Fashion is awash in contradictions…it says it is both timeless and of the now, it constantly draws on the past but is mired in the present, it positions itself as art but is commodified in a way that fine art is not meant to be. And what I’ve found in looking at early twentieth-century fashion designers is that it was women who came to bear all those contradictions. They would be called upon to appear alternately bound to the past and ultra-modern, timeless and ephemeral, or changing constantly. What I argued in my book about early twentieth-century fashion designers is that these kinds of images of women actually were about positioning the designer in a particular way. Calling upon this contradictory pool of images actually helped to position the designer as, to use a contemporary term, a “stable genius” – and an artist, someone who wasn’t contaminated by the market for fashion, but committed to its higher aims.

Contemporary Dior has seemingly shifted from “feminine” to “feminist” in their marketing, launching The Story of Women ad campaign in 2018 which featured a message of empowerment. Do you see that as a meaningful gesture or mere branding?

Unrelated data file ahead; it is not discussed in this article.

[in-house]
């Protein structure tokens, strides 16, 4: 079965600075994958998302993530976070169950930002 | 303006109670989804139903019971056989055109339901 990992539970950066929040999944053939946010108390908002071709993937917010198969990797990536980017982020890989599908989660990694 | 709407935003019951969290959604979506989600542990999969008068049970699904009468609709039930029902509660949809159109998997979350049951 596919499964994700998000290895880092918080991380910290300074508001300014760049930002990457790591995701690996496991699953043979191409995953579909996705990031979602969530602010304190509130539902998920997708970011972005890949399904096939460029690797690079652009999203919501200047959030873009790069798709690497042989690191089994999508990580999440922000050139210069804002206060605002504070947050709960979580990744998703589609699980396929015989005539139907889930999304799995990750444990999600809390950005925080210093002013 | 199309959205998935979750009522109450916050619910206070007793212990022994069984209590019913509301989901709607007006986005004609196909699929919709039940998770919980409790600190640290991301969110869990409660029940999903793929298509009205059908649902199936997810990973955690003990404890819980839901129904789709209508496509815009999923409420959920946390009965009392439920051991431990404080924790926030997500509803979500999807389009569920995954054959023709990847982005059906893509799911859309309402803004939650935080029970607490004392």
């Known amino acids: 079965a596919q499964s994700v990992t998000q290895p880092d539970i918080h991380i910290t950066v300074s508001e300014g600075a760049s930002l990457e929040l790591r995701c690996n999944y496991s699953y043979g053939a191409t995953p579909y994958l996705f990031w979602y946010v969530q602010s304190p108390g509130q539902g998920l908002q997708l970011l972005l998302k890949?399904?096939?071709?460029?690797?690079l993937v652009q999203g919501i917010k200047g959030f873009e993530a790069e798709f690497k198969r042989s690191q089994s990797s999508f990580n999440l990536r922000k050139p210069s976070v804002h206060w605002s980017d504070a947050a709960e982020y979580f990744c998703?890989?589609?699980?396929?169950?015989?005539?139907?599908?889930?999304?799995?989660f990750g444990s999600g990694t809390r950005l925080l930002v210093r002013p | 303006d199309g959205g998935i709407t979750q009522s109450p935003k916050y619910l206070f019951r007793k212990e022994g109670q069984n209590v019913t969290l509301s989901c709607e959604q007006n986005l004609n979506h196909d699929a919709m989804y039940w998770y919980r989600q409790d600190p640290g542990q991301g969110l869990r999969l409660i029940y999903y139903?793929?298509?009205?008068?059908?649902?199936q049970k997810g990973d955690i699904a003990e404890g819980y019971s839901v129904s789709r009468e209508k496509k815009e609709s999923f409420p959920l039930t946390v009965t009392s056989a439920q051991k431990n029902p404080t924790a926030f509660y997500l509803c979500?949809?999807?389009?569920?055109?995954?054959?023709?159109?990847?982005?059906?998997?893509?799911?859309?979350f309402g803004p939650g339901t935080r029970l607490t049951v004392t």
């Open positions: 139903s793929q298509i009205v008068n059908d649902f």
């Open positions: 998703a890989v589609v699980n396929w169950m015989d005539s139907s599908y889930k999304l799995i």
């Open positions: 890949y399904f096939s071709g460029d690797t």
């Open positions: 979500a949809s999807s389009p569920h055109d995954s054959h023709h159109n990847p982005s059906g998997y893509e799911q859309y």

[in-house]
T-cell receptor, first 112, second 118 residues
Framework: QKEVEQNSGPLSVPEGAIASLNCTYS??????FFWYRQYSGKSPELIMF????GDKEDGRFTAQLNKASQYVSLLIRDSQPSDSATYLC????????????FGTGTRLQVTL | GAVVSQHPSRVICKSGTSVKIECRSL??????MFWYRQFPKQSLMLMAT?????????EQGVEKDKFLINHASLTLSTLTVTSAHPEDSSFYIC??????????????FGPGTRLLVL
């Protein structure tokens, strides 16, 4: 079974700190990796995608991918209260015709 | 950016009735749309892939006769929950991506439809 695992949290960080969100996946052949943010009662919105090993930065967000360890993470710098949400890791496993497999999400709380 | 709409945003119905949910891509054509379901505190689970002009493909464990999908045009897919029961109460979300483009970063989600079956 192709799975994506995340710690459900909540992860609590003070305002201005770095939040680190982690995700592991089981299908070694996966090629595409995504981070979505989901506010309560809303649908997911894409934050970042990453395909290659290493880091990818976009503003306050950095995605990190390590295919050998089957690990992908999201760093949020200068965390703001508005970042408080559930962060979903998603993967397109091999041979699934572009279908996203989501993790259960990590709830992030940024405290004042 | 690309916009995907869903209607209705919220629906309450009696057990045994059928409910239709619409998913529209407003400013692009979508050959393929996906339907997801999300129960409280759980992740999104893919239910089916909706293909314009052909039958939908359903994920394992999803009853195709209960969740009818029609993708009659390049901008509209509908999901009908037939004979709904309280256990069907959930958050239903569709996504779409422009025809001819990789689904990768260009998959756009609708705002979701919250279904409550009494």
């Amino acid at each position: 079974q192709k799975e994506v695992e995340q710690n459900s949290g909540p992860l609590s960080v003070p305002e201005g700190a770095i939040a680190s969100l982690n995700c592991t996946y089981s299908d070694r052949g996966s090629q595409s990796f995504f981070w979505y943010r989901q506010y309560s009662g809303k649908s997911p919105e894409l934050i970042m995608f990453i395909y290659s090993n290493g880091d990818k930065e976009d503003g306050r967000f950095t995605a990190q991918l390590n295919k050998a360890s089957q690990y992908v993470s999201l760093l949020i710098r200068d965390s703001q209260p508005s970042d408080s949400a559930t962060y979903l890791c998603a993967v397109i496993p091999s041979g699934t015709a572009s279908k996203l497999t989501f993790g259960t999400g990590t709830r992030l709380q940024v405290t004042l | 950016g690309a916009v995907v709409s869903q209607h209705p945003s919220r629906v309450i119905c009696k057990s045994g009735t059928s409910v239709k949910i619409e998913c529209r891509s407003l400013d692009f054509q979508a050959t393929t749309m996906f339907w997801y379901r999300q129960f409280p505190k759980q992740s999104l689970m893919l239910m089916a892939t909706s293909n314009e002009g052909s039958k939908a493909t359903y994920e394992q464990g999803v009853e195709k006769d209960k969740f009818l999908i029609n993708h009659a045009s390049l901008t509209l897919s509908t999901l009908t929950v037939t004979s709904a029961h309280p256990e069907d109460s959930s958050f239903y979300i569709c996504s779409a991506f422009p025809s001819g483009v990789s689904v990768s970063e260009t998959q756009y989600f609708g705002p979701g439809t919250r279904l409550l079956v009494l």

Fashion is very good at reading cultural moods – that’s what it is best at. So while I wouldn’t say it is mere branding, I also wouldn’t call this a meaningful gesture. I think it reflects the moment. In the last five or six years – and especially the last year and a half – feminism has taken a very prominent place, culturally – to some extent, around the world. I think Dior, and other brands who have also run with the term feminist or similar imaging, are simply taking the cultural temperature and monetizing it. The reason I don’t think this is particularly meaningful is that it has a tendency to empty the term feminism of its meaning. Most feminists would argue that feminism entails a demand for structural changes…they may disagree on what kinds of structural changes and how to make them, but that notion of change is key to any significant feminist philosophy. And it’s not at all clear how bandying about the terms feminism and empowerment will actually contribute to changes in the way people live.